Retiring Abby Wambach Blasts U.S. Coach Jurgen Klinsmann for Bringing in ‘Foreign Guys’

Abby Wambach
The Associated Press

Abby Wambach, one of America’s biggest soccer stars, retired from the American national team with a bang on Wednesday, slamming U.S. men’s coach Jurgen Klinsmann for for bringing too many “foreign guys” into American soccer. On the field, she left with more of a whimper in a 1-0 loss to China in the Superdome.

Appearing as a guest on a Bill Simmons podcast, Wambach, who with 184 goals ranks as the top scorer in international history–whether male or female–criticized coach Klinsmann for bringing in “a bunch of these foreign guys.” She also blasted all the “egos” in “our men’s program.”

In Wednesday night’s game, Wambach figured into several scoring opportunities but couldn’t put the ball in the net. She dramatically took off her cleats to a standing ovation in the 72nd minute.

Wambach is one of the most successful soccer players in U.S. history. She was a top player on the women’s team that went to the World Cup this summer, boasts two Olympic gold medals, and was chosen the 2012 FIFA Women’s Player of the Year. As she bids her soccer career adieu, Wambach leaves the field with strong opinions about the state of American soccer. And she isn’t happy with what she sees.

Abby Wamback

Wambach feels that men’s soccer is being somewhat mismanaged. She also decries the “less than” status in the U.S. of women’s soccer in particular and women’s sports in general.

But as ESPN reports, her harshest words were for Klinsmann, the German football manager and former player who is currently head coach of the U.S. men’s national soccer team. “I would definitely fire Jurgen [Klinsmann]. Sorry Sunil [Gulati], sorry, U.S. soccer, but I don’t think Jurgen and this litmus test on him has worked. He hasn’t really focused, I feel, enough attention on the youth programs. Although he says he has, I don’t think that he has,” Wambach explained to Simmons. “The way that he has brought in a bunch of these foreign guys is not something I believe in wholeheartedly. I don’t believe in it. I don’t believe in it in my heart.”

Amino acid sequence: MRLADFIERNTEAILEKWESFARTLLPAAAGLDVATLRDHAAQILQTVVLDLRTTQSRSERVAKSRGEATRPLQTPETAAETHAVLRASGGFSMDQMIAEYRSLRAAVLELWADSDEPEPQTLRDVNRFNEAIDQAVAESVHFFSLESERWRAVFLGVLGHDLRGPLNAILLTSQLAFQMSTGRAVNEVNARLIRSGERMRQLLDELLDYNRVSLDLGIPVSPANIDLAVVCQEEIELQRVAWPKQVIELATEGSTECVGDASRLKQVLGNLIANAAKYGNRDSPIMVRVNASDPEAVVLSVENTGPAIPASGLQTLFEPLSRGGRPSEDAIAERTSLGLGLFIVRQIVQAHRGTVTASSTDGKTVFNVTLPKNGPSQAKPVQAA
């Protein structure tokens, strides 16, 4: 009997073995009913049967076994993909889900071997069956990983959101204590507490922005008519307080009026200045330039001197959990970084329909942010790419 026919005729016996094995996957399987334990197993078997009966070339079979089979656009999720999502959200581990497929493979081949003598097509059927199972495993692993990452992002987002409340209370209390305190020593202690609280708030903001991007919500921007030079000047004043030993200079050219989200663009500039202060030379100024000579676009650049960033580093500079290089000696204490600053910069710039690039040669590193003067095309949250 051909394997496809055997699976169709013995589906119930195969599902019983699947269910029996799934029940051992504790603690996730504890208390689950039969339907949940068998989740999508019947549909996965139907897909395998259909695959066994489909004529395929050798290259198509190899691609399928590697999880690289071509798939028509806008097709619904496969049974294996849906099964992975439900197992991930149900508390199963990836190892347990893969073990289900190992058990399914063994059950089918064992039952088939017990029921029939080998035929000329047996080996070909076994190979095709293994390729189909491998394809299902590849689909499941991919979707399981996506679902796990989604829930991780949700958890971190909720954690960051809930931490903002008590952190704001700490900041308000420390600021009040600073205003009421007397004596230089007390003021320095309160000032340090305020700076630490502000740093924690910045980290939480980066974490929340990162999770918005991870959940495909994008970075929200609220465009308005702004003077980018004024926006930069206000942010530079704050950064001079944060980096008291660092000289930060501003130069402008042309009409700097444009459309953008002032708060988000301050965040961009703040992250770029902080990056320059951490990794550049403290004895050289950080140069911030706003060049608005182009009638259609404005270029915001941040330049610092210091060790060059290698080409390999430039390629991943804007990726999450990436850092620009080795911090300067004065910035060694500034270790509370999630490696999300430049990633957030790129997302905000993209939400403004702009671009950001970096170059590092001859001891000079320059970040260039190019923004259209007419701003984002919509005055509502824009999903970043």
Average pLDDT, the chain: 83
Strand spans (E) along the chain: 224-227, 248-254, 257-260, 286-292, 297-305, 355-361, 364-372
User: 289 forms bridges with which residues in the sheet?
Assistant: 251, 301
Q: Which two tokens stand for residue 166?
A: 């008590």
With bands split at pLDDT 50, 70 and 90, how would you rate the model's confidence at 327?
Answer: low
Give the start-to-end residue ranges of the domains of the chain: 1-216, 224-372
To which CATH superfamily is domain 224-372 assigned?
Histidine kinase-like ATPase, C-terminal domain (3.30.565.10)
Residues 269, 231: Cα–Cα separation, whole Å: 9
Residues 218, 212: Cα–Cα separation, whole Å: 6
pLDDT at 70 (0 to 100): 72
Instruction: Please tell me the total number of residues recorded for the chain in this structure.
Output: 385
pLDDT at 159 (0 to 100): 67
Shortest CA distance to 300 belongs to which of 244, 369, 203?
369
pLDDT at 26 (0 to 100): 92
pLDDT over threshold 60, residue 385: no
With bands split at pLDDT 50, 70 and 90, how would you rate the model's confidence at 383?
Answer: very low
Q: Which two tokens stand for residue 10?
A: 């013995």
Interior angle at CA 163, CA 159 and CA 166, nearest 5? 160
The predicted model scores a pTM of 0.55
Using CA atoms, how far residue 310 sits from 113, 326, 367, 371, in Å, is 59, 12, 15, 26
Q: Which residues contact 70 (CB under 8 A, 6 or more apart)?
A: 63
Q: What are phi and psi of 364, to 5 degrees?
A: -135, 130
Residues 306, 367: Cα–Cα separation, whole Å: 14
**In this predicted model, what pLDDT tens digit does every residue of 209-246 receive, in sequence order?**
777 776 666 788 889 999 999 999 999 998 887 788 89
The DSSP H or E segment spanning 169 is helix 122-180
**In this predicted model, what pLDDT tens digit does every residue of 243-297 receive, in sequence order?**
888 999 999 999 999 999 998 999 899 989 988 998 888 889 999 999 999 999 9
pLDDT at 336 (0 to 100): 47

She continued, “And I love Jermaine Jones, I love watching him play, and I love Fabian Johnson, and he plays in Germany and is actually killing it right now after being sent home for ‘faking an injury.’ But I just think that this experiment that U.S. Soccer has given Jurgen isn’t one that personally I’m into. It’s gotta be interesting for those guys to see their coach take off in a helicopter and fly home to his home and then back to training.”

Wambach went on to talk about how women’s sports are given short shrift in America.

Ever since I announced my retirement, I have been able to have cool conversations and pick people’s brains to figure out why there is such a disparity, not just in my sport but in other sports and other industries. There is there innate thing that women are less than, that women don’t deserve to be treated fairly.

I think that our society is pushing toward a place where we really start to look to each other as people and not put each other in these boxes. … I feel the men get paid way more than the women in soccer, yeah, I understand logically the argument about the ratings and that is more global. But that doesn’t mean that it makes it right. Equality isn’t something that actually costs anything. I know we are talking about gender pay gap differences. But to treat someone fairly doesn’t cost a single cent. It wouldn’t cost anything, it would be just a decision. When you are in it, you don’t want to fight too much against it because you want to be thankful for what you are getting.

Wambach also pledged that if she got into sports broadcasting she would be as outspoken all the time.

Despite the criticism, though, ESPN notes that spending on soccer in the U.S. has increased under Klinsmann.

“Under Klinsmann’s watch,” ESPN wrote, “the amount of money spent on the men’s U.S. program jumped from $9.9 million in 2010 to $19.7 million in 2014, according to U.S. Soccer financial reports.”

Still, Klinsmann has been criticized for not leading U.S. teams to victory in the CONCACAF Gold Cup and losing the Confederations Cup playoff to Mexico.

Wambauch isn’t the first high profile member of the U.S. soccer scene to criticize the number of foreign players in American soccer. In 2013 former U.S. men’s team coach Bruce Arena also noted that having so many players born in other countries means that in the U.S. “we aren’t making progress” in fostering the sport.

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